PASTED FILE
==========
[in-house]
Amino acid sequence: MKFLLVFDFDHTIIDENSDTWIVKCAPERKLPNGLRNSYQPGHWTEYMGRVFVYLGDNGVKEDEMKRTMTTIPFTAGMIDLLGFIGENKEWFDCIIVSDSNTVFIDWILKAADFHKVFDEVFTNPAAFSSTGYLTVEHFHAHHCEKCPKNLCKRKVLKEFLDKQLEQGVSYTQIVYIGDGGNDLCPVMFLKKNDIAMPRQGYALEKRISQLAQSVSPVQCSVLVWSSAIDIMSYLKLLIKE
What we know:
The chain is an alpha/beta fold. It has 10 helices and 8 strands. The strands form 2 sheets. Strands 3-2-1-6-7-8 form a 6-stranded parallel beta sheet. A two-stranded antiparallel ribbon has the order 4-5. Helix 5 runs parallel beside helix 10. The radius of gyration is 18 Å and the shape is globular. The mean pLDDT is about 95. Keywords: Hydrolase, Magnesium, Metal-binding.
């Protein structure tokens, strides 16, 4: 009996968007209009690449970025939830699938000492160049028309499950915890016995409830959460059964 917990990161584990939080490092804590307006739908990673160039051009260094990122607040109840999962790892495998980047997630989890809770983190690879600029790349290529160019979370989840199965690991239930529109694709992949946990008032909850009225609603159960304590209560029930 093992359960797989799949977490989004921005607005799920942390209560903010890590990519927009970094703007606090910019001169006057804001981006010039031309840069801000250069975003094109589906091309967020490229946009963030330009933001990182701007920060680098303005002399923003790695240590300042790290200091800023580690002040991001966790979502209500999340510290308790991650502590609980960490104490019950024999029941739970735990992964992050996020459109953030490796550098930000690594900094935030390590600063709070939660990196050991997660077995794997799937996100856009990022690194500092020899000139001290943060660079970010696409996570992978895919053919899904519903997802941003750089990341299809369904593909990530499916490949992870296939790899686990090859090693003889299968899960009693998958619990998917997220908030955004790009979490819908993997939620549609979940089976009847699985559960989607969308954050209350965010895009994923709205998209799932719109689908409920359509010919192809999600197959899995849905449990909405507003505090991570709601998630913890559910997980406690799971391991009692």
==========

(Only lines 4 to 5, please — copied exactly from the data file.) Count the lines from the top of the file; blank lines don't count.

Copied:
The chain is an alpha/beta fold. It has 10 helices and 8 strands. The strands form 2 sheets. Strands 3-2-1-6-7-8 form a 6-stranded parallel beta sheet. A two-stranded antiparallel ribbon has the order 4-5. Helix 5 runs parallel beside helix 10. The radius of gyration is 18 Å and the shape is globular. The mean pLDDT is about 95. Keywords: Hydrolase, Magnesium, Metal-binding.
């Protein structure tokens, strides 16, 4: 009996968007209009690449970025939830699938000492160049028309499950915890016995409830959460059964 917990990161584990939080490092804590307006739908990673160039051009260094990122607040109840999962790892495998980047997630989890809770983190690879600029790349290529160019979370989840199965690991239930529109694709992949946990008032909850009225609603159960304590209560029930 093992359960797989799949977490989004921005607005799920942390209560903010890590990519927009970094703007606090910019001169006057804001981006010039031309840069801000250069975003094109589906091309967020490229946009963030330009933001990182701007920060680098303005002399923003790695240590300042790290200091800023580690002040991001966790979502209500999340510290308790991650502590609980960490104490019950024999029941739970735990992964992050996020459109953030490796550098930000690594900094935030390590600063709070939660990196050991997660077995794997799937996100856009990022690194500092020899000139001290943060660079970010696409996570992978895919053919899904519903997802941003750089990341299809369904593909990530499916490949992870296939790899686990090859090693003889299968899960009693998958619990998917997220908030955004790009979490819908993997939620549609979940089976009847699985559960989607969308954050209350965010895009994923709205998209799932719109689908409920359509010919192809999600197959899995849905449990909405507003505090991570709601998630913890559910997980406690799971391991009692």